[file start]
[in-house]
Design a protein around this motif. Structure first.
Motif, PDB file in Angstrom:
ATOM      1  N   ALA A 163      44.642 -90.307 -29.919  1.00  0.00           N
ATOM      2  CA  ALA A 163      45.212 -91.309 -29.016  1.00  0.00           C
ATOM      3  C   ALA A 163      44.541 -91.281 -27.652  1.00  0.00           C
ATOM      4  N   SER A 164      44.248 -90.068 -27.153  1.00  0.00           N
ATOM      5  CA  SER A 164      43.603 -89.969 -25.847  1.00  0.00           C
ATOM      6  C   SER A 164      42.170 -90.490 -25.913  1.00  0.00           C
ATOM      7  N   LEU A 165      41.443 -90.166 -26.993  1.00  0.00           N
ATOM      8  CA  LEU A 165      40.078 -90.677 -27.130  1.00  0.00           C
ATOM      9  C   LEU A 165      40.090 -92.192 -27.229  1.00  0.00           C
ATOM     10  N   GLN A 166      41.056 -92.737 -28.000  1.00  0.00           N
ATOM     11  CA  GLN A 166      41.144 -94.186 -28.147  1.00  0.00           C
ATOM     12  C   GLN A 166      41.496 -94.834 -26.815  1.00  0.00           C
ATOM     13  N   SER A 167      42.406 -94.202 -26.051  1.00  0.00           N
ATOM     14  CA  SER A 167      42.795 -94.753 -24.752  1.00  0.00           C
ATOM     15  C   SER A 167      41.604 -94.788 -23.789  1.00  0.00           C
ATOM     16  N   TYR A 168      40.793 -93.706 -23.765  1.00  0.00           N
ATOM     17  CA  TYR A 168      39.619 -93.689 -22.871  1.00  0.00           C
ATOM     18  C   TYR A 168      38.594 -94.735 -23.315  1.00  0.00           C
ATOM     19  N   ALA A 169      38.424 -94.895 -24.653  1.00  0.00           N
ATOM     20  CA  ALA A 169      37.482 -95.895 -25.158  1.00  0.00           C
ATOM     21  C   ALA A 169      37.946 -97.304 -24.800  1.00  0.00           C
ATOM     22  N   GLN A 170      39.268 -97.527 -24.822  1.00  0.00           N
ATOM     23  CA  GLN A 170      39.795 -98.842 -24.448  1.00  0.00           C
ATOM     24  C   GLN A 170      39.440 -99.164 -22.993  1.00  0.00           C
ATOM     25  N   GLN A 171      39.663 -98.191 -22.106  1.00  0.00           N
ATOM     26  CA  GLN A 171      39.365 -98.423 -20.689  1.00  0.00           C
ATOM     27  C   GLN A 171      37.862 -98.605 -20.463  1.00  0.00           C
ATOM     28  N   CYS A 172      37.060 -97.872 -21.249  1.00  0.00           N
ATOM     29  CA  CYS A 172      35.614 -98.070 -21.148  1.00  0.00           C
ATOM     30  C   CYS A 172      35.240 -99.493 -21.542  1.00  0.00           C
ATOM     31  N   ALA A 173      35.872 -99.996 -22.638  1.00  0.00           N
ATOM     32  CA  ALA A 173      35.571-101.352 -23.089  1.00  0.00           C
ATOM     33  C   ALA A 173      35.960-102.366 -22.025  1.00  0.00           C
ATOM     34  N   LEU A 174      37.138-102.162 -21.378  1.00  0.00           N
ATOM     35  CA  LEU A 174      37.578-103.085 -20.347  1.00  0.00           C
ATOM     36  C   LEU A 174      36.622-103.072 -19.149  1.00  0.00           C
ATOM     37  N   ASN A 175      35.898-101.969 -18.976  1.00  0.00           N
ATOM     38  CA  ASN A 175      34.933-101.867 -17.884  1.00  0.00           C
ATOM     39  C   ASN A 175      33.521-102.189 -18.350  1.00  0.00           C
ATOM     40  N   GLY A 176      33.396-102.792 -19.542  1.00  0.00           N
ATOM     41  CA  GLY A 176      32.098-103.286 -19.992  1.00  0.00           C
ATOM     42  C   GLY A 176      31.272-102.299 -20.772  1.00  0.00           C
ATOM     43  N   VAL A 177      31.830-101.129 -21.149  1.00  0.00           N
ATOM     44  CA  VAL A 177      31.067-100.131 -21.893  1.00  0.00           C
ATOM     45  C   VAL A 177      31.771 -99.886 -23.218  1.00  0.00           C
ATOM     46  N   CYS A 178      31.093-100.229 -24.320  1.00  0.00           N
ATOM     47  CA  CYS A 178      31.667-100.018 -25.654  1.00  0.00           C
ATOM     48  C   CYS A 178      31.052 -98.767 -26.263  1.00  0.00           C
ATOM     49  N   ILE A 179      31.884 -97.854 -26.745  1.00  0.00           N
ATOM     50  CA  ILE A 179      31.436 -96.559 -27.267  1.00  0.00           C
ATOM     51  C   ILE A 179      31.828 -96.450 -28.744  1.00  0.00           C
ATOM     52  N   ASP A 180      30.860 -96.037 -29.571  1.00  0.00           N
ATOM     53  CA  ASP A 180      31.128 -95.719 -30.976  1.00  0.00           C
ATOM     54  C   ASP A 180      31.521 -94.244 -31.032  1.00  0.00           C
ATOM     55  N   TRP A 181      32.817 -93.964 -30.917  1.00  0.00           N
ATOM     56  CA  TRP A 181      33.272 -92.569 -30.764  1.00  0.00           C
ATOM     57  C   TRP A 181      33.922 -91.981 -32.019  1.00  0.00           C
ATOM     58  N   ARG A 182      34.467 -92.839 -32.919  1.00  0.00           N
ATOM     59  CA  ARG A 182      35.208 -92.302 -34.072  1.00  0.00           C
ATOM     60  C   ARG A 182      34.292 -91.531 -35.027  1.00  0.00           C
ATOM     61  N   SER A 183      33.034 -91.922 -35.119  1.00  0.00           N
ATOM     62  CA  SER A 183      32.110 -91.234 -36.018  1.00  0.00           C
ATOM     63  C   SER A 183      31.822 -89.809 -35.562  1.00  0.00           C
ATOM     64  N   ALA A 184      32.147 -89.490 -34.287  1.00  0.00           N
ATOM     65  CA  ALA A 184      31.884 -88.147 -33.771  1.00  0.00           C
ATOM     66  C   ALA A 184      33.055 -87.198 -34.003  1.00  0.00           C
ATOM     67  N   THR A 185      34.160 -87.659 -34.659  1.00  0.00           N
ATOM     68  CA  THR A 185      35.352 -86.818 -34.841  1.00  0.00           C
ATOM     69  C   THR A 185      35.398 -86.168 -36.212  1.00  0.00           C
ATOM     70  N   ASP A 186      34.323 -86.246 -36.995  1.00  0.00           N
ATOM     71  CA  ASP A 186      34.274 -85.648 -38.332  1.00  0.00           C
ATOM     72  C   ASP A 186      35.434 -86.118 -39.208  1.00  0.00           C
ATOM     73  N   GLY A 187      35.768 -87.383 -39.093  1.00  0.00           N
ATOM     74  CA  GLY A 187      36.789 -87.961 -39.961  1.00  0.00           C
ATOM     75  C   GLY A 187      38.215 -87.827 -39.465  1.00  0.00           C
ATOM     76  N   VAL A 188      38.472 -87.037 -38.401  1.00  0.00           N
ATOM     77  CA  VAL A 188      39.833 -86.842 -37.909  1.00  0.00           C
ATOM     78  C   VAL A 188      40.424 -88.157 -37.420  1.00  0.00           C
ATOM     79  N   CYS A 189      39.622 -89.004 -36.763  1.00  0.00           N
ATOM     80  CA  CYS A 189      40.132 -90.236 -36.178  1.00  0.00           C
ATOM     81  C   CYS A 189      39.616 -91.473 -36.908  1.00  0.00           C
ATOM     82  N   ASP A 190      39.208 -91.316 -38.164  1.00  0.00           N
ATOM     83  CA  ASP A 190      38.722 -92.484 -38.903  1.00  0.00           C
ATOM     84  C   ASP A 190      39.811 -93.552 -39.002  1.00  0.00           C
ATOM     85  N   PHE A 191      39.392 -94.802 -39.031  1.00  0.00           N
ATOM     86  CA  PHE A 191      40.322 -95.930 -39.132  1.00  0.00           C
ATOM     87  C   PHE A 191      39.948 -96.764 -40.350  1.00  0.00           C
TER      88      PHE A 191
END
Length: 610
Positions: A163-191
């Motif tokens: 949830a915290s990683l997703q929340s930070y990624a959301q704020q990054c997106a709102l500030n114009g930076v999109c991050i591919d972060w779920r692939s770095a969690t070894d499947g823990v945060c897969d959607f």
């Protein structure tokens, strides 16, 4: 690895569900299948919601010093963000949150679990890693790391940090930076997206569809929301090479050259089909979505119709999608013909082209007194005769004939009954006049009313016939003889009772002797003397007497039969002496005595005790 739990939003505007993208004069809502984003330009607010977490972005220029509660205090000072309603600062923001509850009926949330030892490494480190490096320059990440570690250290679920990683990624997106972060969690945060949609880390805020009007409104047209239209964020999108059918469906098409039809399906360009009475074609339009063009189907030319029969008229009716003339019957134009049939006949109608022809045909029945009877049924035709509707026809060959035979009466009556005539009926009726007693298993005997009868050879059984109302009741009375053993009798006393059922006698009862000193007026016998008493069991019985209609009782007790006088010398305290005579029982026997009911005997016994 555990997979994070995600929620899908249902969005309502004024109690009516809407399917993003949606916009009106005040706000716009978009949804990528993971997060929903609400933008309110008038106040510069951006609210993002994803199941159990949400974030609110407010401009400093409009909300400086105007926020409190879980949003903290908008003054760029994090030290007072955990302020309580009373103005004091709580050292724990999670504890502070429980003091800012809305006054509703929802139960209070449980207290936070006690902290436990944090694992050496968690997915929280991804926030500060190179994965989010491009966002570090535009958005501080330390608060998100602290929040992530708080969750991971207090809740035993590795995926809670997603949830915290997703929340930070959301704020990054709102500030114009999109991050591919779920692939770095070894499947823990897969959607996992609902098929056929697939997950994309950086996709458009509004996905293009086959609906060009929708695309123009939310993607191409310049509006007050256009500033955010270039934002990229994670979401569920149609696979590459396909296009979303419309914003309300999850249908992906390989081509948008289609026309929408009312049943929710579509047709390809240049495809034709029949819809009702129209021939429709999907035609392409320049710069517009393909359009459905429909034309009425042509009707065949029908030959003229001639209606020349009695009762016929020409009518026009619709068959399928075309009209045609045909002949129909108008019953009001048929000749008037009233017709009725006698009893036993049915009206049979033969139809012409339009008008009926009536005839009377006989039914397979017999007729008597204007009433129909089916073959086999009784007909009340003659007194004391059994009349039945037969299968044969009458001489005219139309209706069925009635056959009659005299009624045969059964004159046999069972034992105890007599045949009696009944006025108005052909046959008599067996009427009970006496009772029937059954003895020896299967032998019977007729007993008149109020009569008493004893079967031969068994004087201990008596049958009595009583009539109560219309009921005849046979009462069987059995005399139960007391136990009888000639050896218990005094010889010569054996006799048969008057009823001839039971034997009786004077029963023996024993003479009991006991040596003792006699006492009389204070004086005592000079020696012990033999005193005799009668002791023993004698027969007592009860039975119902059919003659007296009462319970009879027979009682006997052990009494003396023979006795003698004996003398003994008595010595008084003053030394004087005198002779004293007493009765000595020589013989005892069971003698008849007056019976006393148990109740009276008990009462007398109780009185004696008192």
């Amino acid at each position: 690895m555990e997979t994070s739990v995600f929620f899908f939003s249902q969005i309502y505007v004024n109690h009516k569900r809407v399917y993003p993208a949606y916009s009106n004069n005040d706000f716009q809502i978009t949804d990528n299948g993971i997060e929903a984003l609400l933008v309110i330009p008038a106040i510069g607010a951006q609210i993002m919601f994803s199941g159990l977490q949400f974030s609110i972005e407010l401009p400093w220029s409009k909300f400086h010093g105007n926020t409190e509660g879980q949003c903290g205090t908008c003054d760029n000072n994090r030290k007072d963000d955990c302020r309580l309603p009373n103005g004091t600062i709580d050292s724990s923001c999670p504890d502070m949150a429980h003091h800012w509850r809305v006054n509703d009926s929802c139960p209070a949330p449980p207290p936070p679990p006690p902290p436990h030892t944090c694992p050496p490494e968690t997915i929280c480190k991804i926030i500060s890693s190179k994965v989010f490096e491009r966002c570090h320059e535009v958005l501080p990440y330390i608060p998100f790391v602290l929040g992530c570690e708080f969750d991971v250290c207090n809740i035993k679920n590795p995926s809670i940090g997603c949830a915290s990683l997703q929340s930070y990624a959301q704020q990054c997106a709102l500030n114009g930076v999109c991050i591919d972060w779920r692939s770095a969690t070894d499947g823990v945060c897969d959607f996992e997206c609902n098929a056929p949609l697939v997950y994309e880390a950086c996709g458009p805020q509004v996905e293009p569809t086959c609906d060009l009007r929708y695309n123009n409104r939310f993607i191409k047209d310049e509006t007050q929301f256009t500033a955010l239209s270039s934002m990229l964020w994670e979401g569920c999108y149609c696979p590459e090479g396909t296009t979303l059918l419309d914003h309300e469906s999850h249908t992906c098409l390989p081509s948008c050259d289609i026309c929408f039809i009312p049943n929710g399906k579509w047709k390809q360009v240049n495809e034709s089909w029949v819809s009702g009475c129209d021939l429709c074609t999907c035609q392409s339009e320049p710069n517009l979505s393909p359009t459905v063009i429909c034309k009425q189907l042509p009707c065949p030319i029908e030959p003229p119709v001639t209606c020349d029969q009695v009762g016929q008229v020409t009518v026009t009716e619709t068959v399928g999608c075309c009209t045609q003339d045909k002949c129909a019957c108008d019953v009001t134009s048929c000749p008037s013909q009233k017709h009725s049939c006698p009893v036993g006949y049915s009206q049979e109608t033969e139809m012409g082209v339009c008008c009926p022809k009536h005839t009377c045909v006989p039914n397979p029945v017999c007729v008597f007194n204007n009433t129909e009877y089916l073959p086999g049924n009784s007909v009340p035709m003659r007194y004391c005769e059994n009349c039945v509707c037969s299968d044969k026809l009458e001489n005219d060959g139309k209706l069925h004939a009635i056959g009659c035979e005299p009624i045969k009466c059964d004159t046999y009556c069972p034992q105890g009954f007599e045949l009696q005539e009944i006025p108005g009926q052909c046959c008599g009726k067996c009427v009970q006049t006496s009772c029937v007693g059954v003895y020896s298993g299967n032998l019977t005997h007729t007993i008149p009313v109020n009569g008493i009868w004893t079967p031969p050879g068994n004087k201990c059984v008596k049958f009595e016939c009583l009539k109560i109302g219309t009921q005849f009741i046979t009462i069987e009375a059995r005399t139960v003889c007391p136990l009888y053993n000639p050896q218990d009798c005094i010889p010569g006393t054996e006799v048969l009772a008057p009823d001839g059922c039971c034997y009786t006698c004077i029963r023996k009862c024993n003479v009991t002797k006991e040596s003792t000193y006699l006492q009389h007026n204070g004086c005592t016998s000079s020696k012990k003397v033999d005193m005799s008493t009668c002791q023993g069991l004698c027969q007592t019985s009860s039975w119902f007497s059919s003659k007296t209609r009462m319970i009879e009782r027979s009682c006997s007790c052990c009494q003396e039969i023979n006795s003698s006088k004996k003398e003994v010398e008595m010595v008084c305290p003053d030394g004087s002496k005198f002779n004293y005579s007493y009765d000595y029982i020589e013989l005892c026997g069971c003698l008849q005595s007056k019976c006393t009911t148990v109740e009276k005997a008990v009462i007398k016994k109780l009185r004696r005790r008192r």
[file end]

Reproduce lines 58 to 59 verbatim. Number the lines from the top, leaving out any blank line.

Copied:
ATOM     55  N   TRP A 181      32.817 -93.964 -30.917  1.00  0.00           N
ATOM     56  CA  TRP A 181      33.272 -92.569 -30.764  1.00  0.00           C